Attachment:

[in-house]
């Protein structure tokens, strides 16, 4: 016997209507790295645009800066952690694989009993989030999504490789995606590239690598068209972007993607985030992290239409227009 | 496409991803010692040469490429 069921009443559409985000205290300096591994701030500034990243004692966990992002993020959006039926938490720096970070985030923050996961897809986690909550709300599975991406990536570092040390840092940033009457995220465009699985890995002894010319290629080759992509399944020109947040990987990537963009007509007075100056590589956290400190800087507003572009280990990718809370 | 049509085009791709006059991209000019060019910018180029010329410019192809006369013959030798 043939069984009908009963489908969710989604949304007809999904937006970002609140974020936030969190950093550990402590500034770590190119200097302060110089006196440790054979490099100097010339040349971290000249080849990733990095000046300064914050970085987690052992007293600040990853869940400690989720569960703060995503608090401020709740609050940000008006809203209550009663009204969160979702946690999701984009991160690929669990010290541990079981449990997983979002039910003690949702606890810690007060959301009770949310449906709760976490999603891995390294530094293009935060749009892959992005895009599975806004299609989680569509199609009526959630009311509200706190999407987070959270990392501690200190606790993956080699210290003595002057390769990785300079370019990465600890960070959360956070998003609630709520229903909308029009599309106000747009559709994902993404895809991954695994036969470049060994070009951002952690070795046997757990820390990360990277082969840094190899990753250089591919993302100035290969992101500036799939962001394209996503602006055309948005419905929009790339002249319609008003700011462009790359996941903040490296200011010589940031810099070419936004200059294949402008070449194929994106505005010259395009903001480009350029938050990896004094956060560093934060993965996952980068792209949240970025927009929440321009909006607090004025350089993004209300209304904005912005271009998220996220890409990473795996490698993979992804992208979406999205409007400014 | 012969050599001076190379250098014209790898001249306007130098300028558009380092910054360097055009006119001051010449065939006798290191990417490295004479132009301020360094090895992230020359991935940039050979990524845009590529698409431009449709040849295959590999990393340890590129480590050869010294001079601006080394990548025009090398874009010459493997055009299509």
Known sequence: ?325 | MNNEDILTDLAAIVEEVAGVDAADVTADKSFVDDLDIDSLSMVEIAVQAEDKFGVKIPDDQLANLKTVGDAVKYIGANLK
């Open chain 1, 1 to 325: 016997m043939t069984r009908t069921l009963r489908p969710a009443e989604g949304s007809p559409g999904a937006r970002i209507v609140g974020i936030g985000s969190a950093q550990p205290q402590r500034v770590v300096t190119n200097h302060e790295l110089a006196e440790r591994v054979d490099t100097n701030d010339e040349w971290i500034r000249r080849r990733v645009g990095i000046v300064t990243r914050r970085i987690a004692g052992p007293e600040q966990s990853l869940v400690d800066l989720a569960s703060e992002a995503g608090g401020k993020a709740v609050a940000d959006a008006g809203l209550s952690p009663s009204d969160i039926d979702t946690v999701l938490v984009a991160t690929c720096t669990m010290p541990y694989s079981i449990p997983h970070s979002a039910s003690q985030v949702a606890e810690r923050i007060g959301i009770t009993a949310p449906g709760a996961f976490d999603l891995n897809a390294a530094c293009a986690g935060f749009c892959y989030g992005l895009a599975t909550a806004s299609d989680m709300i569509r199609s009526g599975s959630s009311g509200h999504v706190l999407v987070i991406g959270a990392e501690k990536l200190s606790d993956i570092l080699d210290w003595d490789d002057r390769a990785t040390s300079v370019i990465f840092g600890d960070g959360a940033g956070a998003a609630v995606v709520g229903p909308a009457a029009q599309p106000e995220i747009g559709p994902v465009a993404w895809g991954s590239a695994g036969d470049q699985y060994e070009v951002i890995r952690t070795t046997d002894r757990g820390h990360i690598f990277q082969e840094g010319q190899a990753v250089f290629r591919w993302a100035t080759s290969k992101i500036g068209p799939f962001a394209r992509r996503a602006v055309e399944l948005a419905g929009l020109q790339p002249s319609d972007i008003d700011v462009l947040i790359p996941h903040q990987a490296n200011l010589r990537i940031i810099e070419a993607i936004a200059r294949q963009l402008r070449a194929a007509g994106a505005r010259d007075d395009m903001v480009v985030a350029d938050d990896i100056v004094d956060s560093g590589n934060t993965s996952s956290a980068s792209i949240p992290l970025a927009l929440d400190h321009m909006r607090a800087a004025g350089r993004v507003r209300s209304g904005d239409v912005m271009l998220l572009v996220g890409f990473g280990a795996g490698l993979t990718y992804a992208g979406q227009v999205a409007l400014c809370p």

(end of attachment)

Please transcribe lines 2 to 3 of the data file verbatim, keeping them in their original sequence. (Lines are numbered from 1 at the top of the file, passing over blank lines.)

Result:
């Protein structure tokens, strides 16, 4: 016997209507790295645009800066952690694989009993989030999504490789995606590239690598068209972007993607985030992290239409227009 | 496409991803010692040469490429 069921009443559409985000205290300096591994701030500034990243004692966990992002993020959006039926938490720096970070985030923050996961897809986690909550709300599975991406990536570092040390840092940033009457995220465009699985890995002894010319290629080759992509399944020109947040990987990537963009007509007075100056590589956290400190800087507003572009280990990718809370 | 049509085009791709006059991209000019060019910018180029010329410019192809006369013959030798 043939069984009908009963489908969710989604949304007809999904937006970002609140974020936030969190950093550990402590500034770590190119200097302060110089006196440790054979490099100097010339040349971290000249080849990733990095000046300064914050970085987690052992007293600040990853869940400690989720569960703060995503608090401020709740609050940000008006809203209550009663009204969160979702946690999701984009991160690929669990010290541990079981449990997983979002039910003690949702606890810690007060959301009770949310449906709760976490999603891995390294530094293009935060749009892959992005895009599975806004299609989680569509199609009526959630009311509200706190999407987070959270990392501690200190606790993956080699210290003595002057390769990785300079370019990465600890960070959360956070998003609630709520229903909308029009599309106000747009559709994902993404895809991954695994036969470049060994070009951002952690070795046997757990820390990360990277082969840094190899990753250089591919993302100035290969992101500036799939962001394209996503602006055309948005419905929009790339002249319609008003700011462009790359996941903040490296200011010589940031810099070419936004200059294949402008070449194929994106505005010259395009903001480009350029938050990896004094956060560093934060993965996952980068792209949240970025927009929440321009909006607090004025350089993004209300209304904005912005271009998220996220890409990473795996490698993979992804992208979406999205409007400014 | 012969050599001076190379250098014209790898001249306007130098300028558009380092910054360097055009006119001051010449065939006798290191990417490295004479132009301020360094090895992230020359991935940039050979990524845009590529698409431009449709040849295959590999990393340890590129480590050869010294001079601006080394990548025009090398874009010459493997055009299509």
Known sequence: ?325 | MNNEDILTDLAAIVEEVAGVDAADVTADKSFVDDLDIDSLSMVEIAVQAEDKFGVKIPDDQLANLKTVGDAVKYIGANLK